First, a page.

“Thus, the Human and Environmental Development Agenda (HEDA Resource Centre) and Women Advocates Research and Documentation Centre are calling on the well-meaning people of Osun State who are the electorate in the governorship election to shun the criminal act of selling their votes.

“We urge the electorate to come out en-masse to cast their votes and be part of selecting their own leader for the next four years through a credible electoral process. This God-given right should be honoured and not traded. It is not a commodity to sell but a right to be exercised. Selling vote is criminal; casting it is the ideal.

“The implication of vote buying is far reaching – it makes it difficult to call leaders to account since they paid their ways to the position occupied and beyond that, it affects the economy and living conditions as leaders would have no moral obligation to make life better for the citizens. Making public office holders accountable becomes negatively affected where vote buying largely compromised the processes informing their emergence. Under such circumstances, the grip of corruption becomes quick to sight and preventing such becomes a difficult necessity.

“No doubt, politicians and the ruling class have weaponised poverty to perpetuate themselves in power. However, the citizen must, as a matter of necessity breakaway from the susceptibility to cheap inducement of trading a fortune for short-term immediate gain.

“Therefore, we call on the electorate in Osun State and by extension, Nigerians at large, to echo the campaign against vote buying and other forms of electoral malpractices, not only because it is criminal, but also because it is the root of bad governance, insecurity and corruption, a situation which has pushed the country to the brink of collapse. Many of the vote buyers have alternatives and may not be bothered much if the country collapses. However, as a common people, knowing that we have nowhere else to call our own, the need for massive campaign against votebuying cannot be over emphasised.”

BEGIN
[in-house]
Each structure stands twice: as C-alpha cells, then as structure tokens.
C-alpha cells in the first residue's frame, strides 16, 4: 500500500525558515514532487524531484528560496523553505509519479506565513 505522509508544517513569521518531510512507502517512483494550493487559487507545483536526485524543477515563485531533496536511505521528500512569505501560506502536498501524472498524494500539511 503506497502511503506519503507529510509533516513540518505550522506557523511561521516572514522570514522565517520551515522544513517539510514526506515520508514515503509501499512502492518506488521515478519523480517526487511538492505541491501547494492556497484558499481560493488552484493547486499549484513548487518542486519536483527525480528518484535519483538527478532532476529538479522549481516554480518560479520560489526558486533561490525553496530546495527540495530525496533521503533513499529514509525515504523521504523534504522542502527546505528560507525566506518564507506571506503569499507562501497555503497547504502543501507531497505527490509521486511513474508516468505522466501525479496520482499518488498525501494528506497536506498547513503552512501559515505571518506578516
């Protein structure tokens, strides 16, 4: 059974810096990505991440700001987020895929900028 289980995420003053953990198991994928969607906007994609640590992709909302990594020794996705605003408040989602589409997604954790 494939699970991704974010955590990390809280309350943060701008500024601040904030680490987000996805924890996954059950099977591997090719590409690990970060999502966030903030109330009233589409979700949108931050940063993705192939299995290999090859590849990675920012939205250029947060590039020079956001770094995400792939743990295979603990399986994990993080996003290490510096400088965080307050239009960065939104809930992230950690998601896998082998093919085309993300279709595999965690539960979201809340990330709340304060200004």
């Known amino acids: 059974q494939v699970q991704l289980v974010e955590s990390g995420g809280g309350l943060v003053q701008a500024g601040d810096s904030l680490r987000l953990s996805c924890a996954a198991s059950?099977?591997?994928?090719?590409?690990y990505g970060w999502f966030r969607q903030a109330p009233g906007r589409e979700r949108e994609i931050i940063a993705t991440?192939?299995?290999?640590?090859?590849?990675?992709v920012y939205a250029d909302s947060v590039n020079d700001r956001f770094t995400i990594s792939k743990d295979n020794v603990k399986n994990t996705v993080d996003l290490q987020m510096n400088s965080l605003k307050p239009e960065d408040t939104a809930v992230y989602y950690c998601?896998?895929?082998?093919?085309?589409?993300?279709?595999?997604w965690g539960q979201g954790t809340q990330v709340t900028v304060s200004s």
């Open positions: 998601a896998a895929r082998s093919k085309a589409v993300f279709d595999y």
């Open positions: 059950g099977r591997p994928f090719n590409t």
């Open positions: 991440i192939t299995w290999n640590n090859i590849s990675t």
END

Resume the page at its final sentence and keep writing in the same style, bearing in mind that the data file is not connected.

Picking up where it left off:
On its part, Yiaga Africa expressed worry over the activities of cultists and political thugs in some local councils of the state, describing the development as capable of threatening the peaceful and credible conduct of the election if not contained.

The group insisted that there were also attempts by some political mercenaries to manipulate the process right from the pre-election stage.

In its report signed by Ezenwa Nwagwu and Cynthia Mbamalu, Board Member and Director of Programmes, respectively, Yiaga Africa urged all registered voters in the state to ensure that they perform their civic duties.

Meanwhile, the International Press Centre (IPC) Lagos, has tasked journalists on electoral duty in Osun State to adequately integrate safety and security consciousness to the performance of their professional roles.

IPC said the advisory was necessary because many journalists and other media professionals would be on the field for the Osun state governorship elections on Saturday, July 16, 2022.

IPC’s Press Freedom Officer, Melody Lawal, also said the warning was against the background of rising attacks on journalists by various actors including the security agencies and political actors.

“It is therefore very important for journalists covering the gubernatorial elections to be safety conscious in the discharge of their duties and to avoid situations that may put them in harms way,” Lawal said.

She also admonished other electoral stakeholders, especially the security agencies to undertake their tasks in a very professional manner.

“The security agencies should note that the media is a critical part of the electoral process and should be accorded due rights and privileges to enable them carry out their social obligations as partners seeking to ensure the credibility of the electoral process,” Lawal added.”